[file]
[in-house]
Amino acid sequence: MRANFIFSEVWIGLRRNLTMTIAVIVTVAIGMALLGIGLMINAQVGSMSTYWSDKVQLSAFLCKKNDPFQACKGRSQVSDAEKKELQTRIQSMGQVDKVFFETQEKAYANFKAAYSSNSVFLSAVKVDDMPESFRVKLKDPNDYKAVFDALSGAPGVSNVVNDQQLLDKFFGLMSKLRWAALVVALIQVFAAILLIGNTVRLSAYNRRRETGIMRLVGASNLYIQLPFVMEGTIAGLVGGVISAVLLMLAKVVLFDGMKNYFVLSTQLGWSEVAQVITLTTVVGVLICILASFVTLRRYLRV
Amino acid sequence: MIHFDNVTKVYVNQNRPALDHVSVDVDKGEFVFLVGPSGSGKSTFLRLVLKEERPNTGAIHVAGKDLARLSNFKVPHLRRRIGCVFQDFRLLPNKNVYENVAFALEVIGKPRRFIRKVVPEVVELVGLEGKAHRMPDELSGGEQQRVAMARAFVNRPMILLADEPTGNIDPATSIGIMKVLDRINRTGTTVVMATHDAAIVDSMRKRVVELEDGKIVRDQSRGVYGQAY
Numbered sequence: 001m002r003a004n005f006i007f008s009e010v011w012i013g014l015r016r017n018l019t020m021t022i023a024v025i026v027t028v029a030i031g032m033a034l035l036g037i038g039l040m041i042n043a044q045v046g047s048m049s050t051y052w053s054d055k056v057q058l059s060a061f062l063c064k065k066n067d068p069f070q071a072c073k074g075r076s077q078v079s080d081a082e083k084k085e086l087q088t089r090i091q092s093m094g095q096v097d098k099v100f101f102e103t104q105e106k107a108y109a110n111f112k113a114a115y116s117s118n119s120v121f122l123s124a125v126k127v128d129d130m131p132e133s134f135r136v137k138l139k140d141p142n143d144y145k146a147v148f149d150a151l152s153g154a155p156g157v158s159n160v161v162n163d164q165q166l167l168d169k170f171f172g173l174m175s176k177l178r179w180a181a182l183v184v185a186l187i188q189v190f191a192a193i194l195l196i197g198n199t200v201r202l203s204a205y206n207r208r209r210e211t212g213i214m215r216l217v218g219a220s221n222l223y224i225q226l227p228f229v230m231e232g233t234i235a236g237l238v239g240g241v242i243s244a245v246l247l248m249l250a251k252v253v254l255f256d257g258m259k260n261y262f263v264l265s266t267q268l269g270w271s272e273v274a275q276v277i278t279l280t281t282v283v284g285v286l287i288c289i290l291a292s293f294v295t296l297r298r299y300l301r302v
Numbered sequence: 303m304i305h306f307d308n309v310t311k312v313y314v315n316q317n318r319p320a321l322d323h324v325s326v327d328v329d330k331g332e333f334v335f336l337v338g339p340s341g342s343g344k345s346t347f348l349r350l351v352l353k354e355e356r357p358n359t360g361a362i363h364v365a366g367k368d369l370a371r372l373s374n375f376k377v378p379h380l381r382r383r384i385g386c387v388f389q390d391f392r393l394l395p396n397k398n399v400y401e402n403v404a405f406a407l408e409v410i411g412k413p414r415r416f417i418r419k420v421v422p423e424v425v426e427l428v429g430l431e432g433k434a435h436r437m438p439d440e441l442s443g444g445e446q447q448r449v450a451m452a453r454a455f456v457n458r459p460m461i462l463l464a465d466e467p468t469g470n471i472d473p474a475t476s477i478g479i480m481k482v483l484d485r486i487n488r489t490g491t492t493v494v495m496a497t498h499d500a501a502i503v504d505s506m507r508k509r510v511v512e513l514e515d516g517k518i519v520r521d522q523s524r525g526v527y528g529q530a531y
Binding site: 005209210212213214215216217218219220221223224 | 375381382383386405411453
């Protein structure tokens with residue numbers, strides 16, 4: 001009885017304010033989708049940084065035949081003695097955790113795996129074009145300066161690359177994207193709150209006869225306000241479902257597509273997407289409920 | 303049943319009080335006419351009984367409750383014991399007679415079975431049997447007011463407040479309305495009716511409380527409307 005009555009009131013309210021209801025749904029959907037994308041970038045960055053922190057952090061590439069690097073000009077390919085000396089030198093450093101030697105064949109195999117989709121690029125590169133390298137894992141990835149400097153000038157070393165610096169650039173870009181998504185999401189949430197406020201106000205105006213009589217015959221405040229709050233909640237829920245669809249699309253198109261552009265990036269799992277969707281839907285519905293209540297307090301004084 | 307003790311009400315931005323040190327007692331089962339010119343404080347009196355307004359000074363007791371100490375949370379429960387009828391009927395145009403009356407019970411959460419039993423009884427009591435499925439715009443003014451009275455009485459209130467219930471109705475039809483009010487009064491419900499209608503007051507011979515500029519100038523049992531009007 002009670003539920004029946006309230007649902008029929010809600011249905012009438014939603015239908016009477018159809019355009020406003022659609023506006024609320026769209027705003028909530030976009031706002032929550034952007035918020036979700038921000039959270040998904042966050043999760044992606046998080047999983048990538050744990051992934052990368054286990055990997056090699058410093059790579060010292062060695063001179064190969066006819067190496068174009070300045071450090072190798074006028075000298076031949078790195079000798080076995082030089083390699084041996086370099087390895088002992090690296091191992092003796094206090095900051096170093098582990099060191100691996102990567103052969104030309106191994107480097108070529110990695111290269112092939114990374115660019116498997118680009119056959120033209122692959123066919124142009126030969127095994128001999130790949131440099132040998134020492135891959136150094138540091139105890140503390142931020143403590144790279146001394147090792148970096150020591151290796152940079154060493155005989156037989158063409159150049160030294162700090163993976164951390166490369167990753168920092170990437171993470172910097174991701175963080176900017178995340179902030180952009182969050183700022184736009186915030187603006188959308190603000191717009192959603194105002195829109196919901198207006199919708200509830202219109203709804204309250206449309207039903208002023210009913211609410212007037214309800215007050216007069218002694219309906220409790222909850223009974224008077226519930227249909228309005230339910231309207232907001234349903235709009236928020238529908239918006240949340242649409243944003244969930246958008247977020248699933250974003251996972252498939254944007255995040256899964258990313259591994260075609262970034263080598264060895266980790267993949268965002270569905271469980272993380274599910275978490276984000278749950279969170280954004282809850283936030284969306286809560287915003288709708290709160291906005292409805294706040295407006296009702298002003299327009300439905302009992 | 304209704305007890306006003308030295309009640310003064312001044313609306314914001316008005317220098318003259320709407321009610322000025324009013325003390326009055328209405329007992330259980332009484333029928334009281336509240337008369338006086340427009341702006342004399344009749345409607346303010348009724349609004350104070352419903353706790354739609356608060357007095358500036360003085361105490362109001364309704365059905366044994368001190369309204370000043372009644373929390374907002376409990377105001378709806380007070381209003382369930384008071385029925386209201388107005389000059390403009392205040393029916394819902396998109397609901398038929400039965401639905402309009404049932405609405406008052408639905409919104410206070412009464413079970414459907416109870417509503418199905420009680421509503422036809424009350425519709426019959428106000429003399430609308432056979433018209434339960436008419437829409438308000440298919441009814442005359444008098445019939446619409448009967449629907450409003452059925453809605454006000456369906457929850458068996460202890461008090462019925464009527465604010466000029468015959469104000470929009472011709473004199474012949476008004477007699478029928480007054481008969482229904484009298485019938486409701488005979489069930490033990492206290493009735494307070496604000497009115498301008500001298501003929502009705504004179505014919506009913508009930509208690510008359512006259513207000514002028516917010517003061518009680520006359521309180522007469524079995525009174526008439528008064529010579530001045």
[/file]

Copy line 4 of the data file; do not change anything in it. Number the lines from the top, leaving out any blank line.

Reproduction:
Numbered sequence: 001m002r003a004n005f006i007f008s009e010v011w012i013g014l015r016r017n018l019t020m021t022i023a024v025i026v027t028v029a030i031g032m033a034l035l036g037i038g039l040m041i042n043a044q045v046g047s048m049s050t051y052w053s054d055k056v057q058l059s060a061f062l063c064k065k066n067d068p069f070q071a072c073k074g075r076s077q078v079s080d081a082e083k084k085e086l087q088t089r090i091q092s093m094g095q096v097d098k099v100f101f102e103t104q105e106k107a108y109a110n111f112k113a114a115y116s117s118n119s120v121f122l123s124a125v126k127v128d129d130m131p132e133s134f135r136v137k138l139k140d141p142n143d144y145k146a147v148f149d150a151l152s153g154a155p156g157v158s159n160v161v162n163d164q165q166l167l168d169k170f171f172g173l174m175s176k177l178r179w180a181a182l183v184v185a186l187i188q189v190f191a192a193i194l195l196i197g198n199t200v201r202l203s204a205y206n207r208r209r210e211t212g213i214m215r216l217v218g219a220s221n222l223y224i225q226l227p228f229v230m231e232g233t234i235a236g237l238v239g240g241v242i243s244a245v246l247l248m249l250a251k252v253v254l255f256d257g258m259k260n261y262f263v264l265s266t267q268l269g270w271s272e273v274a275q276v277i278t279l280t281t282v283v284g285v286l287i288c289i290l291a292s293f294v295t296l297r298r299y300l301r302v